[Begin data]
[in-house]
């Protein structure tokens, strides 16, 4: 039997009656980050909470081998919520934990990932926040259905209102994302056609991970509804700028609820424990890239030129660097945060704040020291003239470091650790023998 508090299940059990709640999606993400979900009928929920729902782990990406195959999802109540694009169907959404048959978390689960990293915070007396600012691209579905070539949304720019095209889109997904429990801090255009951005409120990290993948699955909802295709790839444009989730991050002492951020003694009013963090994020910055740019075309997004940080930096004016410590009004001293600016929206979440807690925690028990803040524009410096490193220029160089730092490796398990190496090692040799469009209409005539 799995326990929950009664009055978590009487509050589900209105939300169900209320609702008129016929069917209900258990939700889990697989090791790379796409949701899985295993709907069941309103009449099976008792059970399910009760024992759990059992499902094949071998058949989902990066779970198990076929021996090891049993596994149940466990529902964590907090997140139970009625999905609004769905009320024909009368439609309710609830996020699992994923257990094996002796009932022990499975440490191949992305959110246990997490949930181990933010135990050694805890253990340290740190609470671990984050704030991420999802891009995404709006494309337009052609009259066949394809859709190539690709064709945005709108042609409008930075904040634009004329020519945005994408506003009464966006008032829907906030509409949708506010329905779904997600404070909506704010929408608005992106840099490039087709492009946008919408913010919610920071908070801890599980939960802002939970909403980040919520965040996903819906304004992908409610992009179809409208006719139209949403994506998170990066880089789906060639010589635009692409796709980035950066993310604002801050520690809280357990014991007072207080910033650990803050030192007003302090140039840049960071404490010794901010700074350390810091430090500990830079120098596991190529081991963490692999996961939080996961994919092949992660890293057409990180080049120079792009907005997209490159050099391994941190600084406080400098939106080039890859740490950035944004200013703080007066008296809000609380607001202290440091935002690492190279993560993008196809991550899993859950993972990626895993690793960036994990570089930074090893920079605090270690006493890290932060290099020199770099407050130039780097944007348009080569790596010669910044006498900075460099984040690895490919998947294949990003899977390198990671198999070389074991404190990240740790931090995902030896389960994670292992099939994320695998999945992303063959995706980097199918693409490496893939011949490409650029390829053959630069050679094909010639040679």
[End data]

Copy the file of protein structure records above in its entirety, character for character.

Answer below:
[in-house]
């Protein structure tokens, strides 16, 4: 039997009656980050909470081998919520934990990932926040259905209102994302056609991970509804700028609820424990890239030129660097945060704040020291003239470091650790023998 508090299940059990709640999606993400979900009928929920729902782990990406195959999802109540694009169907959404048959978390689960990293915070007396600012691209579905070539949304720019095209889109997904429990801090255009951005409120990290993948699955909802295709790839444009989730991050002492951020003694009013963090994020910055740019075309997004940080930096004016410590009004001293600016929206979440807690925690028990803040524009410096490193220029160089730092490796398990190496090692040799469009209409005539 799995326990929950009664009055978590009487509050589900209105939300169900209320609702008129016929069917209900258990939700889990697989090791790379796409949701899985295993709907069941309103009449099976008792059970399910009760024992759990059992499902094949071998058949989902990066779970198990076929021996090891049993596994149940466990529902964590907090997140139970009625999905609004769905009320024909009368439609309710609830996020699992994923257990094996002796009932022990499975440490191949992305959110246990997490949930181990933010135990050694805890253990340290740190609470671990984050704030991420999802891009995404709006494309337009052609009259066949394809859709190539690709064709945005709108042609409008930075904040634009004329020519945005994408506003009464966006008032829907906030509409949708506010329905779904997600404070909506704010929408608005992106840099490039087709492009946008919408913010919610920071908070801890599980939960802002939970909403980040919520965040996903819906304004992908409610992009179809409208006719139209949403994506998170990066880089789906060639010589635009692409796709980035950066993310604002801050520690809280357990014991007072207080910033650990803050030192007003302090140039840049960071404490010794901010700074350390810091430090500990830079120098596991190529081991963490692999996961939080996961994919092949992660890293057409990180080049120079792009907005997209490159050099391994941190600084406080400098939106080039890859740490950035944004200013703080007066008296809000609380607001202290440091935002690492190279993560993008196809991550899993859950993972990626895993690793960036994990570089930074090893920079605090270690006493890290932060290099020199770099407050130039780097944007348009080569790596010669910044006498900075460099984040690895490919998947294949990003899977390198990671198999070389074991404190990240740790931090995902030896389960994670292992099939994320695998999945992303063959995706980097199918693409490496893939011949490409650029390829053959630069050679094909010639040679």